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					XML
  Realizing Portable Data




      Ryan Wilson
      February 12, 2003
 XML Agenda
<?xml version=“1.0”?>
<presentation>
   <agenda>
       <item>The Problem of Data</item>
       <item>What is XML?</item>

       <item>Extensions of XML</item>

       <item>Practical Applications</item>
   </agenda>
</presentation>
The Problem of Data
   How do you store or send data in
    your application?
   Document Storage
       ex. Word, Excel, HTML, etc.
   Configuration Files
   Remote Procedure Calls
The Problem of Data
   Proprietary formats
   Reinventing the wheel
     Rewrite (and debug) parsers
     Document format for others
What is XML?
   Extensible Markup Language
       Derived from SGML
   W3C Standard (1998)
   A standard format for all types of
    computer documents
   Human readable format
       Always text, never binary data
What is XML?
   Data is strings of text and delimited
    by tags
   XML doesn’t define the tags!
     Makes it a meta-markup language
     Flexibility

   XML does define what the tags
    look like and how they can be
    organized
          What is XML?
<?xml version=“1.0”?>
<!-- class information data -->
<classRoster course=“COT4810” section=“2”>
  <teacher>Dutton</teacher>
  <student>Wilson</student>
  <student>Doe</student>
  <testdate></testdate>
  <testdate/>
</classRoster>
            Tags
<?xml version=“1.0”?>
<!-- class information data -->
<classRoster course=“COT4810” section=“2”>
  <teacher>Dutton</teacher>
  <student>Wilson</student>
  <student>Doe</student>
  <testdate></testdate>
  <testdate/>
</classRoster>
             Start Tags
<?xml version=“1.0”?>
<!-- class information data -->
<classRoster course=“COT4810” section=“2”>
  <teacher>Dutton</teacher>
  <student>Wilson</student>
  <student>Doe</student>
  <testdate></testdate>
  <testdate/>
</classRoster>
             End Tags
<?xml version=“1.0”?>
<!-- class information data -->
<classRoster course=“COT4810” section=“2”>
  <teacher>Dutton</teacher>
  <student>Wilson</student>
  <student>Doe</student>
  <testdate></testdate>
  <testdate/>
</classRoster>
            Attributes
<?xml version=“1.0”?>
<!-- class information data -->
<classRoster course=“COT4810” section=“2”>
  <teacher>Dutton</teacher>
  <student>Wilson</student>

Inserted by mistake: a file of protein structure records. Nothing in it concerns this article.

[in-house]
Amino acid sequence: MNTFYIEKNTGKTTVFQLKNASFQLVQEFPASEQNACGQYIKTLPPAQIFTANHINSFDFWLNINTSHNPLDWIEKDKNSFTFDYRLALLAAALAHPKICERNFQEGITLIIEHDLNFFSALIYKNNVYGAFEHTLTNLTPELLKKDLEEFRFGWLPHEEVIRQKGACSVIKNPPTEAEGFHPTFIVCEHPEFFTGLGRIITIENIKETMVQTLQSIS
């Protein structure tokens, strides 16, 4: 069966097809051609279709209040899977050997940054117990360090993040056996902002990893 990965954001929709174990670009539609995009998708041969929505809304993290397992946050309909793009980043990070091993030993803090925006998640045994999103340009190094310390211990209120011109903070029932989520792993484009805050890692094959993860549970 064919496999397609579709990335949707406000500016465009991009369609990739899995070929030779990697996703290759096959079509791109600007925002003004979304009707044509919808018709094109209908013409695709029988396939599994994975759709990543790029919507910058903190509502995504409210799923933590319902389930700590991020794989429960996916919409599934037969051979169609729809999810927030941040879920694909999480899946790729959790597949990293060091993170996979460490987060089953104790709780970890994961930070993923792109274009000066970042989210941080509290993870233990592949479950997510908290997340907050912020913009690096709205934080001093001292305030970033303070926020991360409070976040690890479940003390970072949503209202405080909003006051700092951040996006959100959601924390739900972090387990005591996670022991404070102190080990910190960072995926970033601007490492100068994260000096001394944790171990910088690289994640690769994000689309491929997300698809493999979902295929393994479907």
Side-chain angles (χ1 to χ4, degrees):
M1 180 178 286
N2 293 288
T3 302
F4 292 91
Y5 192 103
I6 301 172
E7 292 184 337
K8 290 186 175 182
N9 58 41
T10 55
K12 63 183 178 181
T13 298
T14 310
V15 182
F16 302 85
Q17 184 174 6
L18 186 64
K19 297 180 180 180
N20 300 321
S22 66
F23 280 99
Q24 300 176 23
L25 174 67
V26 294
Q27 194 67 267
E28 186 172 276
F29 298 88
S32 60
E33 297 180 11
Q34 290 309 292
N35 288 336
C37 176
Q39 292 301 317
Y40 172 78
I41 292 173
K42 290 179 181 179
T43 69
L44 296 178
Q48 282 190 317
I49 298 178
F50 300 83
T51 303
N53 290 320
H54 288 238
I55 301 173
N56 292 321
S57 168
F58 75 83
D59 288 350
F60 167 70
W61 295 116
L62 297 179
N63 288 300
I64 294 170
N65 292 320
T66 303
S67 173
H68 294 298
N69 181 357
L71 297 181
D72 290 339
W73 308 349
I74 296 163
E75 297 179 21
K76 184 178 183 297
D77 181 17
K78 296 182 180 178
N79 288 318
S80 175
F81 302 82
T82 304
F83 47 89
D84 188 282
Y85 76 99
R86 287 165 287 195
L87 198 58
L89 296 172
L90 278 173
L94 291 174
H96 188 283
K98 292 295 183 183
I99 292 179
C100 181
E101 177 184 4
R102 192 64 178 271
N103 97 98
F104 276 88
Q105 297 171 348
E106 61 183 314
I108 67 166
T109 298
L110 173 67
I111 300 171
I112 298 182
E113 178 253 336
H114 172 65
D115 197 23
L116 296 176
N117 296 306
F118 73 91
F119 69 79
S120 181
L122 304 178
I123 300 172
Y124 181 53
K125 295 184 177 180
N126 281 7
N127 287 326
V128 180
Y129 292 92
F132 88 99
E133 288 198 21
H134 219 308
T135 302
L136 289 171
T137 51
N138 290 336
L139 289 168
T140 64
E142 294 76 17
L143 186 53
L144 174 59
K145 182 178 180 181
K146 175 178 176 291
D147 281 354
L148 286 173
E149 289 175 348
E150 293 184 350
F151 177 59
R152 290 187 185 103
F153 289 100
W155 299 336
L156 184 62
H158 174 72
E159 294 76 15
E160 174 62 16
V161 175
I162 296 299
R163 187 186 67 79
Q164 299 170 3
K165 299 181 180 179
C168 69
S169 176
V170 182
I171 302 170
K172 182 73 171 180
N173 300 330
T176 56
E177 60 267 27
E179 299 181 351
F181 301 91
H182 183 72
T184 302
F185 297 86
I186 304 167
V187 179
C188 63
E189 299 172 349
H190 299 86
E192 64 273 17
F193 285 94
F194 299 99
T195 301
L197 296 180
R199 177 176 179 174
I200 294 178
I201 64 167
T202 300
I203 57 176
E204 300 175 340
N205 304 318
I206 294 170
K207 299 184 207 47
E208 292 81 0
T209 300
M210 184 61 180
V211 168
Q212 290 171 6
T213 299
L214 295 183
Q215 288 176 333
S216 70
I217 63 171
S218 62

<student>Doe</student>
  <testdate></testdate>
  <testdate/>
</classRoster>
             Processing Instructions
<?xml version=“1.0”?>
<!-- class information data -->
<classRoster course=“COT4810” section=“2”>
  <teacher>Dutton</teacher>
  <student>Wilson</student>
  <student>Doe</student>
  <testdate></testdate>
  <testdate/>
</classRoster>
             Comments
<?xml version=“1.0”?>
<!-- class information data -->
<classRoster course=“COT4810” section=“2”>
  <teacher>Dutton</teacher>
  <student>Wilson</student>
  <student>Doe</student>
  <testdate></testdate>
  <testdate/>
</classRoster>
What is XML?
   You define the tags to use
       XML Application
   XML Application “Grammar” can
    be formally defined in:
     DTD (Document Type Definition)
     XML Schema
    What can XML do?
   Document Storage
       ex. Open Office
   Books/Technical Documents
   Remote Procedure Calls
   Vector Graphics
   Slices, Dices, and makes Julian Fries!
What XML is Not
   Programming Language
          Doesn’t do anything
   Network-Transport Protocol
   “XML is a structural and semantic
    markup language, not a
    presentation language”
    (XML in a Nutshell p.4)


          Not like HTML
   Database
       XML can be stored in a database
       Database could save its data in XML
XML – Portable Data
   Simple
   Well-documented
   Human-readable
   ex. NASA’s moon landings data
Using XML
   Lots of XML parsers available
       Don’t have to write your own!
   Standards for Parsers
       DOM – Document Object Model
          Creates XML Tree
          Reads in whole document before
           processing
          Read/Write

       SAX
          Processes   XML as it is read
          Read-only
                   DOM – XML Tree
<student>
  <name>Ryan Wilson</name>           Root
  <major>Computer Science</major>
</student>
                                    student



                            name                major



                      Ryan Wilson             Computer Science
Extensions to XML
   XSLT
       Extensible Stylesheet Language
        Transformations
   Convert an XML document into
    another document
   ex. XML document into a web
    page
<book title=“LoTR: The Two Towers”>
  <chapter title=“The Departure of Boromir”>
     Aragorn sped up the hill…
  </chapter>
  <chapter title=“The Riders of Rohan”>
     Dusk deepened. Mist lay behind them…
  </chapter>
  <chapter title=“The Uruk-Hai”>
     Pippin lay in a dark and troubled dream…
  </chapter>
</book>
<html>
  <head>
     <title>LoTR: The Two Towers</title>
  </head>
  <body>
     <h1>Table of Contents</h1>
     <ol>
            <li>The Departure of Boromir</li>
            <li>The Riders of Rohan</li>
            <li>The Uruk-Hai</li>
     </ol>
  </body>
</html>
Extensions to XML
   Presentation XML
       or “Making your XML Look Pretty”
   CSS
    Cascading Style Sheets
     Already used for web pages
     Describes how to display XML

   XSL-FO
    XSL Formatting Objects
       Use XSLT to turn into XSL-FO
Practical Applications
or “Why CS Students should care about XML”

   Web publishing frameworks
     www.gentoo.org
     ex. Apache’s Cocoon

   Configuration Files
       ex. Gconf
   Remote Procedure Calls (RPC)
     XML-RPC
     SOAP –
      Simple Object Access Protocol
For More Information
   www.xml.com
   O’Reilly Books
     XML in a Nutshell
     Java and XML

   xml.apache.org
Questions?

				
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